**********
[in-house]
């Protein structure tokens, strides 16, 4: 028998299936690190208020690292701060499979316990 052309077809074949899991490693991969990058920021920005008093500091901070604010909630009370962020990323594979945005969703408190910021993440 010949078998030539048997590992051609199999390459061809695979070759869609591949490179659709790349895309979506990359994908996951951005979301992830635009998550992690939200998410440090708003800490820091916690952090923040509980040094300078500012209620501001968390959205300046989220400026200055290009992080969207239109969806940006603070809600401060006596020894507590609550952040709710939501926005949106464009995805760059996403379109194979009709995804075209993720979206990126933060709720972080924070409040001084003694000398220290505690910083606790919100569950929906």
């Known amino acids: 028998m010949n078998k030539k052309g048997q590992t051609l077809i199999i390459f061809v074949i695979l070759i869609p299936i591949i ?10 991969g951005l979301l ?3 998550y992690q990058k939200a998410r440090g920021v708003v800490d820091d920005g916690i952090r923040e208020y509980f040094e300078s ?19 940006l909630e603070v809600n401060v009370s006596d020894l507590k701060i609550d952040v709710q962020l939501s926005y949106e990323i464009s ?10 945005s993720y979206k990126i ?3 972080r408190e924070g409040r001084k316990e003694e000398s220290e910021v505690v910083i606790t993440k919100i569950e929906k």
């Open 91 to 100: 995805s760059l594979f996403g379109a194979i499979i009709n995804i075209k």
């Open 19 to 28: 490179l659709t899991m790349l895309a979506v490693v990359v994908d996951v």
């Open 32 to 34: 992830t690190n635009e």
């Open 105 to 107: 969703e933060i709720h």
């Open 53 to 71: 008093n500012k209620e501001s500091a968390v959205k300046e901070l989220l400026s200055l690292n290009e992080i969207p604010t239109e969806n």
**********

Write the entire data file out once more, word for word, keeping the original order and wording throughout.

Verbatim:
[in-house]
């Protein structure tokens, strides 16, 4: 028998299936690190208020690292701060499979316990 052309077809074949899991490693991969990058920021920005008093500091901070604010909630009370962020990323594979945005969703408190910021993440 010949078998030539048997590992051609199999390459061809695979070759869609591949490179659709790349895309979506990359994908996951951005979301992830635009998550992690939200998410440090708003800490820091916690952090923040509980040094300078500012209620501001968390959205300046989220400026200055290009992080969207239109969806940006603070809600401060006596020894507590609550952040709710939501926005949106464009995805760059996403379109194979009709995804075209993720979206990126933060709720972080924070409040001084003694000398220290505690910083606790919100569950929906």
């Known amino acids: 028998m010949n078998k030539k052309g048997q590992t051609l077809i199999i390459f061809v074949i695979l070759i869609p299936i591949i ?10 991969g951005l979301l ?3 998550y992690q990058k939200a998410r440090g920021v708003v800490d820091d920005g916690i952090r923040e208020y509980f040094e300078s ?19 940006l909630e603070v809600n401060v009370s006596d020894l507590k701060i609550d952040v709710q962020l939501s926005y949106e990323i464009s ?10 945005s993720y979206k990126i ?3 972080r408190e924070g409040r001084k316990e003694e000398s220290e910021v505690v910083i606790t993440k919100i569950e929906k």
């Open 91 to 100: 995805s760059l594979f996403g379109a194979i499979i009709n995804i075209k």
């Open 19 to 28: 490179l659709t899991m790349l895309a979506v490693v990359v994908d996951v």
């Open 32 to 34: 992830t690190n635009e």
């Open 105 to 107: 969703e933060i709720h």
């Open 53 to 71: 008093n500012k209620e501001s500091a968390v959205k300046e901070l989220l400026s200055l690292n290009e992080i969207p604010t239109e969806n």